ENDS

Photo & Video

The letter from chefs to ministers can be downloaded from here

High resolution images of Twitch’s light painting can be downloaded from here

Further high resolution images photo and video will be available from here

Infographic: How to stop Mediterranean Overfishing is available here

Contacts

Dave Walsh, Communications Advisor, [email protected] +34 691826764

Rebecca Hubbard, Program Director, [email protected] +34 657669425

Follow Our Fish on Twitter: https://twitter.com/our_fish

About Our Fish

Our Fish works to ensure European member states implement the Common Fisheries Policy and achieve sustainable fish stocks in European waters.

Our Fish works with organisations and individuals across Europe to deliver a powerful and unwavering message: overfishing must be stopped, and solutions put in place that ensure Europe’s waters are fished sustainably. Our Fish demands that the Common Fisheries Policy be properly enforced, and Europe’s fisheries effectively governed.

Our Fish calls on all EU Member States to set annual fishing limits at sustainable limits based on scientific advice, and to ensure that their fishing fleets prove that they are fishing sustainably, through monitoring and full documentation of their catch.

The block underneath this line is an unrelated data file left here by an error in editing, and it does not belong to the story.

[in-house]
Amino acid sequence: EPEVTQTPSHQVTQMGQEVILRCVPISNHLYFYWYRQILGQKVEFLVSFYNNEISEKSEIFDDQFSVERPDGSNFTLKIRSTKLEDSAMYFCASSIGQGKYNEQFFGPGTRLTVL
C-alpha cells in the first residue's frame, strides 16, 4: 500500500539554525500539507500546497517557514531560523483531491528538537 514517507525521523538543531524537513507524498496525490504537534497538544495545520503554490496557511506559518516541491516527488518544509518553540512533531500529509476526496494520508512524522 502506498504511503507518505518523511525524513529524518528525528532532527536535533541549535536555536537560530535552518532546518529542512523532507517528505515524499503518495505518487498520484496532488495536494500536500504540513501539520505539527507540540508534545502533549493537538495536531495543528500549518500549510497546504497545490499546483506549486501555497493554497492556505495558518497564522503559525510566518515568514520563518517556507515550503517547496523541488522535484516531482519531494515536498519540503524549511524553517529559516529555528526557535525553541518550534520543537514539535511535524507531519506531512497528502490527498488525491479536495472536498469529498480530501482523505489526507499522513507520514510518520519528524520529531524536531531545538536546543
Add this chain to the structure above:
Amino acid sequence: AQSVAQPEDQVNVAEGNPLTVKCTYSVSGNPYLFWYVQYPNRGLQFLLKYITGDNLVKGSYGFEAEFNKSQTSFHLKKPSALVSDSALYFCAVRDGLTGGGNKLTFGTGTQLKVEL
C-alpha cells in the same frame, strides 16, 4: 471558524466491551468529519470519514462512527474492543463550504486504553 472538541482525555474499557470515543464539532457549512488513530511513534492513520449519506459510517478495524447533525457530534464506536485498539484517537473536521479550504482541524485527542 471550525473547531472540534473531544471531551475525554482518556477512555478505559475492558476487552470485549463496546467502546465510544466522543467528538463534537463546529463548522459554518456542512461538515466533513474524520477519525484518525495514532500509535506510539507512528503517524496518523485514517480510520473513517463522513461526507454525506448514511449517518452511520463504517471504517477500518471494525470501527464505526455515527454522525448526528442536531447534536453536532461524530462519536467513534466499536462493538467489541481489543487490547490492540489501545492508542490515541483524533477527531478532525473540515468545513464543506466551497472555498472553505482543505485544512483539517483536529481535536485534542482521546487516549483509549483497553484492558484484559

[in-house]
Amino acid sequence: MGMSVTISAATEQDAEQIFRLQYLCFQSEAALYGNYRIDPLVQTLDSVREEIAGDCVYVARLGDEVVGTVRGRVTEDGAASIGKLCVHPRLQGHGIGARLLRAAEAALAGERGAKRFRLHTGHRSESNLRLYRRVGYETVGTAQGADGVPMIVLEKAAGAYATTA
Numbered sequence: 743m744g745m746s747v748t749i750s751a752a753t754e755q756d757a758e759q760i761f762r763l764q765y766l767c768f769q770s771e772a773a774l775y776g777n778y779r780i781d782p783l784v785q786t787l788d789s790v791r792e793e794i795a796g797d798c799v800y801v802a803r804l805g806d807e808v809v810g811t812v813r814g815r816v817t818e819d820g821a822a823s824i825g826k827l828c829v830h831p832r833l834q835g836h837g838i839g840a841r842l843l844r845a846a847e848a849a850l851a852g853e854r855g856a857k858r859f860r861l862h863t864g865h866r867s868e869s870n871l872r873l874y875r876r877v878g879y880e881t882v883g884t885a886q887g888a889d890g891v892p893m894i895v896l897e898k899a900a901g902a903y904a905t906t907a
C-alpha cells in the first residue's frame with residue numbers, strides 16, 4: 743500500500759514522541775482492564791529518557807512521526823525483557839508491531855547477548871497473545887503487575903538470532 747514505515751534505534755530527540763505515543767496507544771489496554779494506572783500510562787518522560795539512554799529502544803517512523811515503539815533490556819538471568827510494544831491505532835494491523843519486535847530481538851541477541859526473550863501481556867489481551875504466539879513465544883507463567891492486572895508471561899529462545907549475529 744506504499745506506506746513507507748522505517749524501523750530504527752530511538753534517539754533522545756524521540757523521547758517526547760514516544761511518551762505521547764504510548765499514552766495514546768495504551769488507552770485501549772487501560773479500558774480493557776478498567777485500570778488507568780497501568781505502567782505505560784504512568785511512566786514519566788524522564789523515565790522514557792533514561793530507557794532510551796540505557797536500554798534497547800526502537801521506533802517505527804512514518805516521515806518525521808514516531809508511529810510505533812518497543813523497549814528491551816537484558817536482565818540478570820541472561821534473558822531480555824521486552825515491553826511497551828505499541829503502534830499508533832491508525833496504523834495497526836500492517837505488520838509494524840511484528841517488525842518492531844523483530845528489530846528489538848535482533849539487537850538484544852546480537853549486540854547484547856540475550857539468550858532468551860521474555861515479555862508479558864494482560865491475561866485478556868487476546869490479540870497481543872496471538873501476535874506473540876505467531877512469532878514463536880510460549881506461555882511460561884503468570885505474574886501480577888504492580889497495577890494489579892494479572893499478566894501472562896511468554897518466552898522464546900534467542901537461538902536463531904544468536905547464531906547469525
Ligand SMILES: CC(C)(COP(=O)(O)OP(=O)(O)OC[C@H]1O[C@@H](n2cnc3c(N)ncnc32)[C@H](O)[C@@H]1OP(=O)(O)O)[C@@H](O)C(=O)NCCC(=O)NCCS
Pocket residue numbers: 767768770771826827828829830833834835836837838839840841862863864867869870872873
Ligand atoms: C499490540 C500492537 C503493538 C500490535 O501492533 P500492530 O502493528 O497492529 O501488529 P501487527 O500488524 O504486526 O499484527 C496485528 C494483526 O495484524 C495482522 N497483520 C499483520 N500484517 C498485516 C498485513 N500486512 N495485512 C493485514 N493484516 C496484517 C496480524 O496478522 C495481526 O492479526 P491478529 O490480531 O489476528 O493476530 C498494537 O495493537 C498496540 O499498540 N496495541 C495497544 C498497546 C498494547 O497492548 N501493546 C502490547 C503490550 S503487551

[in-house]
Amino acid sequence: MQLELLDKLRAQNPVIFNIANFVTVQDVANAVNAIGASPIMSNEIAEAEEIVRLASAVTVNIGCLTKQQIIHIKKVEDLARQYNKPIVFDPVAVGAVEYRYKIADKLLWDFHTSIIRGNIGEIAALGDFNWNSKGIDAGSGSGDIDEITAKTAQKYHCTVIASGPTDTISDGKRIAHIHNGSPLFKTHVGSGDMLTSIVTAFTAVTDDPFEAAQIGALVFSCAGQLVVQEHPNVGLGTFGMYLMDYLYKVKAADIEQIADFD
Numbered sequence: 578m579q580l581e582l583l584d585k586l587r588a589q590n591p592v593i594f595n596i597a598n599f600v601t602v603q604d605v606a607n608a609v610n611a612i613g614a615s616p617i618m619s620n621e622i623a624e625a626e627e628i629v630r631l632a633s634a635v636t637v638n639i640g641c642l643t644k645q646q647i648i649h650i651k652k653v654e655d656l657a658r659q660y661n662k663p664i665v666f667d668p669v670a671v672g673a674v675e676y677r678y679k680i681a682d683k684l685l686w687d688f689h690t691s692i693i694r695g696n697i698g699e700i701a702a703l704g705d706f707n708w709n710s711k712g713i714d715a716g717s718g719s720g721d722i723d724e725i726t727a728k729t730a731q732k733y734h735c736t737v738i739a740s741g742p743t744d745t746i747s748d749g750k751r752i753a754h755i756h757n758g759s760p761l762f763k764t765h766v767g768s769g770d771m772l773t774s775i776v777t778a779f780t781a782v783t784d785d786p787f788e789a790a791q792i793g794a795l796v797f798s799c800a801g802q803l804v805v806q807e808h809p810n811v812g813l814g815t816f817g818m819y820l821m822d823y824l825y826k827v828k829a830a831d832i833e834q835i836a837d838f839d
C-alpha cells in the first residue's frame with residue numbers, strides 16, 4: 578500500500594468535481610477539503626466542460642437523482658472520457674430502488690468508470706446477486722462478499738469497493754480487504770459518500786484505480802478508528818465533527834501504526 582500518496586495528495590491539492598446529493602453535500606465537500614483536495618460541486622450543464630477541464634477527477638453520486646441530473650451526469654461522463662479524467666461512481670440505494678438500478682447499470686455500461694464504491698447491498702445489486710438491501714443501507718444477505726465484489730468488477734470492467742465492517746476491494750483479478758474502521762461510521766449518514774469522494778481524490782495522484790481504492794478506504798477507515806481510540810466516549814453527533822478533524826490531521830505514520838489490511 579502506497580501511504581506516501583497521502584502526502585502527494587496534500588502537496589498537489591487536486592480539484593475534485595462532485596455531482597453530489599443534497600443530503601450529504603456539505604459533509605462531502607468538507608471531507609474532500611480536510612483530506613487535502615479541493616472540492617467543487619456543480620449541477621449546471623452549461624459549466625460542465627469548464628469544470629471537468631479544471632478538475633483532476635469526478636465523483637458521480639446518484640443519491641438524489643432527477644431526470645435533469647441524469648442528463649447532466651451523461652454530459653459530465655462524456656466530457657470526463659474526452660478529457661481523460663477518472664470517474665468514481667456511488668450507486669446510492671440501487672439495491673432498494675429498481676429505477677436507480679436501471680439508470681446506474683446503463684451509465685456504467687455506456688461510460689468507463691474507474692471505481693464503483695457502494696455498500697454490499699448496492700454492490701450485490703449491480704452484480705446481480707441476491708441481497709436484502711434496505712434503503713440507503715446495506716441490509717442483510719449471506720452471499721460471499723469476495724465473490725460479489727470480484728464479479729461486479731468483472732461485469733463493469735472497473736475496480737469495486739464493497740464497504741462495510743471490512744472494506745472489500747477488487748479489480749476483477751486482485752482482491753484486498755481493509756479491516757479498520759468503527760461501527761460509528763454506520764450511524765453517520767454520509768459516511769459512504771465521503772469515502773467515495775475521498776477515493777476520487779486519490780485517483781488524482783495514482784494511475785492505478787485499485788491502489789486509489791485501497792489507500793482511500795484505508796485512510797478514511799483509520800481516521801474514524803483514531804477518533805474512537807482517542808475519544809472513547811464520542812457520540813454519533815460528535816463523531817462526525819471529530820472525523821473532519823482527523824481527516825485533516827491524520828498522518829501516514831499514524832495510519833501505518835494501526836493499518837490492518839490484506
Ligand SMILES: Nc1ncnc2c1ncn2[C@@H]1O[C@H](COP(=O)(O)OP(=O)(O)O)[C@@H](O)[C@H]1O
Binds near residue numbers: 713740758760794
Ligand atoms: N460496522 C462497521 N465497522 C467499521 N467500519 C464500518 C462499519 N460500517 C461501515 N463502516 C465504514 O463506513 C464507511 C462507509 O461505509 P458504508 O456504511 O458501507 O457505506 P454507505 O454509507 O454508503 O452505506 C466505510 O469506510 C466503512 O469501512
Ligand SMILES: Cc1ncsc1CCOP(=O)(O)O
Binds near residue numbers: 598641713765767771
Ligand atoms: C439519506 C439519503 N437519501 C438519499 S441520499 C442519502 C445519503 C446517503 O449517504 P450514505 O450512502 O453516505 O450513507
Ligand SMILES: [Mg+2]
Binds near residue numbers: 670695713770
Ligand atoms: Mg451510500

About the Artists

Vera Bugatti is an internationally recognised Italian artist and street painter.

She has taken part in multiple exhibitions, and she has performed in several street art events all over the world. She has won awards for her work in Italy, The Netherlands, France, Germany, Ireland, Croatia, Austria, Malta, Sweden, Denmark, Bosnia & Herzegovina, Russia, Latvia, Portogallo, UK, Bulgaria, USA, Mexico, Emirates and India.